Why telehealth companies are betting on subscription services 


Telemedicine companies are pushing subscriptions as a main driver to build on the growth they have maintained among consumers due to the COVID-19 pandemic, according to a June 15 Guardian report. 

While the COVID-19 virus surged from February to April in 2020, insurance claims for telehealth visits ballooned to more than 12 million a month, according to the report. While the demand for telehealth has since dipped to 8.8 million claims a month, it is still well ahead of where it was in 2019. 

Virtual care companies such as Alpha Medical, a Silicon Valley-based startup, are looking to meet these new demands with subscription services. An Alpha Medical subscription costs about $120 a year and offers unlimited messaging with a provider for health conditions ranging from therapy to birth control.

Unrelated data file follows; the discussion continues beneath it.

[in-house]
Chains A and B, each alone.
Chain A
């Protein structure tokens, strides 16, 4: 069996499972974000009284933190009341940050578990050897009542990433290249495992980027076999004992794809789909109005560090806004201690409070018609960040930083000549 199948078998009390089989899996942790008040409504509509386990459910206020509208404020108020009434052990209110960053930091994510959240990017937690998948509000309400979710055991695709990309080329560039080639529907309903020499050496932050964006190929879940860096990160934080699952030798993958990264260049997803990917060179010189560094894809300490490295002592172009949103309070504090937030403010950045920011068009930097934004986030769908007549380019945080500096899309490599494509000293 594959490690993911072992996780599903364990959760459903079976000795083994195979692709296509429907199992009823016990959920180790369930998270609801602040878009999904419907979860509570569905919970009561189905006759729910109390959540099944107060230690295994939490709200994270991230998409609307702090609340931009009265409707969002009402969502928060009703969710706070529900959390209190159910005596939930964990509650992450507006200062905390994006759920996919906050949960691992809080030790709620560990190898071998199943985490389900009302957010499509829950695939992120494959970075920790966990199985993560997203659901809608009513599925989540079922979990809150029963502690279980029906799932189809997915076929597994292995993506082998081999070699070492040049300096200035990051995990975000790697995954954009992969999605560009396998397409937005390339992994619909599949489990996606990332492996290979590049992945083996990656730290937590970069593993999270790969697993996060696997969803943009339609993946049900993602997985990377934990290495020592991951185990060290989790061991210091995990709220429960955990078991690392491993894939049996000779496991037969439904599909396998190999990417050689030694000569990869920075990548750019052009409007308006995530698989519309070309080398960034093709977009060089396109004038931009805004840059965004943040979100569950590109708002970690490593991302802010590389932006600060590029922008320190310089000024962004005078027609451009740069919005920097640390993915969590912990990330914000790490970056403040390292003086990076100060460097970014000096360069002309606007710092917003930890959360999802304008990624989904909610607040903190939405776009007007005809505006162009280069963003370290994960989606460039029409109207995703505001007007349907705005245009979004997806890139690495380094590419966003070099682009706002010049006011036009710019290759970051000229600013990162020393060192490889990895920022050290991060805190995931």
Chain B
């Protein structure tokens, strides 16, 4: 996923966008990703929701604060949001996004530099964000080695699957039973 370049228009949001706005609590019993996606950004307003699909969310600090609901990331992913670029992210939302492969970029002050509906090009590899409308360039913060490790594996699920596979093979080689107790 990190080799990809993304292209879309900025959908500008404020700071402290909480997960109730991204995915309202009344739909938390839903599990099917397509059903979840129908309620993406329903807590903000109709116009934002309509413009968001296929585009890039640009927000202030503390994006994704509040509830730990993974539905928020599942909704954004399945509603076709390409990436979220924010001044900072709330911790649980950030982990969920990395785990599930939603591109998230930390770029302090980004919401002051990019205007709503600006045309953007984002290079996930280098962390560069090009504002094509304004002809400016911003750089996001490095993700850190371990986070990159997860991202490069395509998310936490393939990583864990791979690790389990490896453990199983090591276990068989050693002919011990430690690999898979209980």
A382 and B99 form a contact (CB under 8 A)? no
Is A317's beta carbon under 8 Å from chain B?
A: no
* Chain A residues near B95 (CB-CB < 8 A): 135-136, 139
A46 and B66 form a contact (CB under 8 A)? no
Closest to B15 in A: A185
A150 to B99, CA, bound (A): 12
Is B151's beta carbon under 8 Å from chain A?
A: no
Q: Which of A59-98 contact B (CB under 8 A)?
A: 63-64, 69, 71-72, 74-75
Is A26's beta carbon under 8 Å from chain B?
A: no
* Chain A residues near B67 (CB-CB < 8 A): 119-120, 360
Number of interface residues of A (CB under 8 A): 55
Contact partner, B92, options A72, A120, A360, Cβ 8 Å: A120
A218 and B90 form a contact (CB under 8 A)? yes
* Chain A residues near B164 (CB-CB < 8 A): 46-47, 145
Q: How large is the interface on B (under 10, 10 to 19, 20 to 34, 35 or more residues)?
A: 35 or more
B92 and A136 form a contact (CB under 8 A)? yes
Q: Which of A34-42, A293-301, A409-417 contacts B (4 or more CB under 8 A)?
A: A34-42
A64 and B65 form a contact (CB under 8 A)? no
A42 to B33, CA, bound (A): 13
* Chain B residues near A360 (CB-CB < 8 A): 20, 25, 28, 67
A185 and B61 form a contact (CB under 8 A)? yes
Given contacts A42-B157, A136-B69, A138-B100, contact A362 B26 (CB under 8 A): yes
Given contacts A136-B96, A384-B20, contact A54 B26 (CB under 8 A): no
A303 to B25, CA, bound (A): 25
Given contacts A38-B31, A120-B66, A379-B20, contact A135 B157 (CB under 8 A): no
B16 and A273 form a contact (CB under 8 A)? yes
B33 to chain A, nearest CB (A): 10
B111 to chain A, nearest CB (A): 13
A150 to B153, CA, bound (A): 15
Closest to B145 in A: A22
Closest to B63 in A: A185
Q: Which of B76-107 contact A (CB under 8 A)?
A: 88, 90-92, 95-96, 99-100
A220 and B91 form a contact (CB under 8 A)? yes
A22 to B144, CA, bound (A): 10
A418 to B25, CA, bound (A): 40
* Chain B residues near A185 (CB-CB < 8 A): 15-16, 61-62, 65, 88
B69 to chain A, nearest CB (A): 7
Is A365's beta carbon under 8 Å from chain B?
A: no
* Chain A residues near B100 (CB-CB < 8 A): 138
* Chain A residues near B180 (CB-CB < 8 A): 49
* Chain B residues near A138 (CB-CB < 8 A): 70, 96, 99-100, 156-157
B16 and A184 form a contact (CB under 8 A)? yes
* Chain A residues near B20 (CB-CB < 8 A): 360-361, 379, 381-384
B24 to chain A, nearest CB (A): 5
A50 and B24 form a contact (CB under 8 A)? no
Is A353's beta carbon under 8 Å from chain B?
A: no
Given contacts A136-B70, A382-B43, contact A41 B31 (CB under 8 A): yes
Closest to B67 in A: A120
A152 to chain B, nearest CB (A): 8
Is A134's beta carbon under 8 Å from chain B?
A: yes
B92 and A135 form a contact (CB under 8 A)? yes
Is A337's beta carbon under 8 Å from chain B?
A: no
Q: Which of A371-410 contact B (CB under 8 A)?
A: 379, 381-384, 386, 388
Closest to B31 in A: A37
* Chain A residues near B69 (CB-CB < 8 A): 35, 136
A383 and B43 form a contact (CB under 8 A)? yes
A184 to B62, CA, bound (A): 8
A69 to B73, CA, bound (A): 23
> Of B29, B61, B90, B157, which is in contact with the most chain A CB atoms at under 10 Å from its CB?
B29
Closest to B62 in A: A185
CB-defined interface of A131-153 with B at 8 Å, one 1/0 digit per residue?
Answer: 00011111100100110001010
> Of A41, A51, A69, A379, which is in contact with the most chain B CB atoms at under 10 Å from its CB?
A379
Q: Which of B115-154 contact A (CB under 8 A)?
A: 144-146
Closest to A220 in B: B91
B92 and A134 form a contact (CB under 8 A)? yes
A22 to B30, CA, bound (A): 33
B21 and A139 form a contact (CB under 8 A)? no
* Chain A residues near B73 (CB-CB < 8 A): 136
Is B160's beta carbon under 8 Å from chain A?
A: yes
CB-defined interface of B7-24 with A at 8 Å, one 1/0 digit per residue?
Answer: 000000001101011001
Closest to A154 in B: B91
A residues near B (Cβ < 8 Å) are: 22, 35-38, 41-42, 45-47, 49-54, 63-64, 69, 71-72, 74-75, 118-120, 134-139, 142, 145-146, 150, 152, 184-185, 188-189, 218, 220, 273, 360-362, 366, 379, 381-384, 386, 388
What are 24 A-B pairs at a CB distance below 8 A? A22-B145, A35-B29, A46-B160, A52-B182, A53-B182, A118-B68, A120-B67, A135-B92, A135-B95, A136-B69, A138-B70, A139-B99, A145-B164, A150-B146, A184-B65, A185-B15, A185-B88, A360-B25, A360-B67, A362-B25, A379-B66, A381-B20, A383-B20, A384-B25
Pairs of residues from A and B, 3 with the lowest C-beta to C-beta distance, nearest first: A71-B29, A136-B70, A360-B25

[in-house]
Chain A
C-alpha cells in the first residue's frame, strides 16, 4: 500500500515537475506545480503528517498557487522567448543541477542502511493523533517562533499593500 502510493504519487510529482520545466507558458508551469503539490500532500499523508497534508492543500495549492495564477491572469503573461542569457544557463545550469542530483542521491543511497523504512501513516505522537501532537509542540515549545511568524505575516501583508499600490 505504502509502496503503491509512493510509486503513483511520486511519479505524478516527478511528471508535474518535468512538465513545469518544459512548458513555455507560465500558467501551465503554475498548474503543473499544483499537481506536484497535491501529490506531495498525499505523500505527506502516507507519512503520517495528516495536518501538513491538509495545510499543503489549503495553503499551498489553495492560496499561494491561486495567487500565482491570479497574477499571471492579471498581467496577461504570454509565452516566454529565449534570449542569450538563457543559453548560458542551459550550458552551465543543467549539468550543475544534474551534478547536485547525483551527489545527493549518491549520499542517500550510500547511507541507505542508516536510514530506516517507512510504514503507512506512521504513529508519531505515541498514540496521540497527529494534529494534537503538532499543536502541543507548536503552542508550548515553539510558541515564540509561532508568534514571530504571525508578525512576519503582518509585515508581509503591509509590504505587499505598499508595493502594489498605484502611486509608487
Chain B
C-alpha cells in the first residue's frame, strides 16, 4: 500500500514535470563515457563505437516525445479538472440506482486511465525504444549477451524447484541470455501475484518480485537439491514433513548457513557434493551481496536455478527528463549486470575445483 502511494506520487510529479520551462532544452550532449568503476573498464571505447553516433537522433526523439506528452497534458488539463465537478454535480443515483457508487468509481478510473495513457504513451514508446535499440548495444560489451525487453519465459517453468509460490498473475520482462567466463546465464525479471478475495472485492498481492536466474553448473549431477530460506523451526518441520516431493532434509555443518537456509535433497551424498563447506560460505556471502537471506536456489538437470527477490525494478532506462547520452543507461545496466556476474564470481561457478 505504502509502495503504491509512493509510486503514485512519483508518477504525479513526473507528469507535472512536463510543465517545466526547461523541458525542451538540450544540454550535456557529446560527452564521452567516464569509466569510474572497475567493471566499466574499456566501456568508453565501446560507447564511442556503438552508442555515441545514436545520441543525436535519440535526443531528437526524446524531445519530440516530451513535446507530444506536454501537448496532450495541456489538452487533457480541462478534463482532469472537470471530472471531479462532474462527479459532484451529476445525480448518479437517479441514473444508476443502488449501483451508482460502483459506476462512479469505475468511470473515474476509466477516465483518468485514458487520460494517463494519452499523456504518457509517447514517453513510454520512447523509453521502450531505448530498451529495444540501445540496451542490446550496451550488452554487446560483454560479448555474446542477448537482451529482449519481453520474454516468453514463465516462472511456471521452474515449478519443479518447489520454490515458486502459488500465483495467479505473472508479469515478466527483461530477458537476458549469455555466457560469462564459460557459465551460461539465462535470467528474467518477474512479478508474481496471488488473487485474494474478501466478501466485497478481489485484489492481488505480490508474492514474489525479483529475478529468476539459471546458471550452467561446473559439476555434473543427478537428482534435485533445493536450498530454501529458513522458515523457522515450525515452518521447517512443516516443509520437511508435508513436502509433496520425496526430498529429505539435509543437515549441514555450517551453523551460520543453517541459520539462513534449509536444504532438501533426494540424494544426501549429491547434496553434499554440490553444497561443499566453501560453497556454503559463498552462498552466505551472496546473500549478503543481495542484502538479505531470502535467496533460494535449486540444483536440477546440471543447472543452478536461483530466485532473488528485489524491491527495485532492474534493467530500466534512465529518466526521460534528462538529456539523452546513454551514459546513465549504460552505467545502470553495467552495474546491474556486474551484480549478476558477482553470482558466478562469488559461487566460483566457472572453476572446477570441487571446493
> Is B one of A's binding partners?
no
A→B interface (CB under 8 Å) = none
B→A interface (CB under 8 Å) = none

Alpha's main demographic is "gig and part-time workers," freelancers and the uninsured, or the people that David Blumenthal, MD, president of the CommonWealth Fund, calls the "disenfranchised" from the U.S. healthcare system, according to the report. 

Alpha's target demographic is "symptomatic, to use medical terminology, of a deeper disease," Dr. Blumenthal told the Guardian. "And that disease is a systematic lack of insurance for about 30 million Americans." 

By targeting mid- to low-income patients, who have high-deductible insurance plans that require spending thousands of dollars up front before insurance kicks in, Alpha's subscriptions come off as less expensive than traditional insurance, according to the report. 

Click here to view the full report. 


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